Last week (Thursday and Friday) I surveyed wheat fields in the southern and northern Panhandle of Nebraska (the far northwest of the state) and in southwest and west central Nebraska.  I found no foliar diseases, but there was root rot in one field that also had some winter kill in the northern Panhandle.  In the west central part of the state, there was severe winter kill in some fields (see slide #3 in the attachment).  Growth stage ranged from Feekes 5 in the Panhandle to Feekes 5 to 6 in the southwest and west central parts of the state.”

Wheat disease update – 23 April 2015

Wheat disease updates are written by Dr. Bob Hunger, OSU Extension Plant Pathologist

Oklahoma:  Again, a cool and moist week in Oklahoma with rain and cool temperatures in the forecast through the weekend.  Wheat is mostly at flowering around Stillwater but by early next week will likely be past flowering.  From what I hear across the state, wheat is quickly approaching, at, or will be quickly past flowering (depending on what part of the state, when planted, and how much drought stress was endured).

Around Stillwater there has been an increase in stripe rust and powdery mildew (especially stripe rust).  Leaf rust also has increased, but not to the same extent (incidence or severity) as stripe rust.  Dr. Brett Carver (OSU Wheat Breeder) indicated he saw significant stripe rust in his nurseries at Lahoma (north-central OK).  Gary Strickland (Jackson County Extn Educator) also has observed an increase in stripe rust (and to a lesser extent, leaf rust) in far southwestern Oklahoma.  My impression is that stripe rust has activated again with the cool and wet weather, and continues to spread across Oklahoma.  This Thursday and Friday there will be field days in central Oklahoma, so look for a more extensive report next week.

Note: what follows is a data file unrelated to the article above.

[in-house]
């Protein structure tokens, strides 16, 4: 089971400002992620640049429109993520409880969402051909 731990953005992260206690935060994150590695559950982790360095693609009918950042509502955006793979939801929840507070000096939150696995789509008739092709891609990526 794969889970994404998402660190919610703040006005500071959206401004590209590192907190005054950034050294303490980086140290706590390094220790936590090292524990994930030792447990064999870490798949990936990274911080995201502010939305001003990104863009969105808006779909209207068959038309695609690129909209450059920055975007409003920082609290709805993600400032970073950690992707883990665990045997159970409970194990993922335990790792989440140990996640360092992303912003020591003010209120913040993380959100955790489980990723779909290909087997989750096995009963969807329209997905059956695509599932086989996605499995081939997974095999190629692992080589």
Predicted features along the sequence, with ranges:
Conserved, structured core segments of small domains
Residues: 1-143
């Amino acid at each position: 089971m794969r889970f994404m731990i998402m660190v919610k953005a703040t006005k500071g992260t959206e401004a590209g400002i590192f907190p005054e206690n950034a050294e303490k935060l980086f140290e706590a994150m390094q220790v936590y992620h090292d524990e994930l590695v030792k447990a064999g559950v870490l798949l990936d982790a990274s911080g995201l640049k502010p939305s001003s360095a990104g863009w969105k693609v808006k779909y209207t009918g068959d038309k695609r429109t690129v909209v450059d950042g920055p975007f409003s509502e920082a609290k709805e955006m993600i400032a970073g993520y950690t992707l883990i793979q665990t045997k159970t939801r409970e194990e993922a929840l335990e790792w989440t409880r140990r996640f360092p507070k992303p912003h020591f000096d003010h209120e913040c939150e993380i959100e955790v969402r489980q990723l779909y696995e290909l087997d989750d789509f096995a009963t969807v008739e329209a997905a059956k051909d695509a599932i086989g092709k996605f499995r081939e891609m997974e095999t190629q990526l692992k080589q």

To the south of us in Texas (far southern Texas), Dr. Amir Ibrahim (Professor, Small Grains Breeder/Geneticist; Texas A&M AgriLife Research; College Station, TX) has indicated in breeder nurseries near Castroville, TX, that there is a mixture of stripe rust, leaf rust, bacterial leaf streak and some septoria.  This has occurred because of back-and-forth switching between cool and warm temperatures mixed in with lots of rain.  To some extent, this also has occurred across Oklahoma during April.

Mite-transmitted viruses also are prevalent in Oklahoma this year.  Yesterday when in nurseries here at Stillwater I noticed occasional trapped heads scattered throughout the field.  In observing these in the lab using a dissecting scope, I found wheat curl mites associated with these trapped heads.  Although only sporadic around Stillwater, the Diagnostic Lab has received multiple samples that they confirmed for presence of Wheat streak mosaic virusWheat mosaic virus (High plains virus), and/or Barley yellow dwarf virus.  This includes samples from Grady, Noble, Grant, Texas and Woods Counties.  I would refer you to EPP-7328 (Wheat Streak Mosaic, High Plains Disease, and Triticum Mosaic:  Three Virus Diseases of Wheat in Oklahoma) available at http://osufacts.okstate.edu for more information on these mite-transmitted viruses.

 

Reports/excerpts of reports from other states: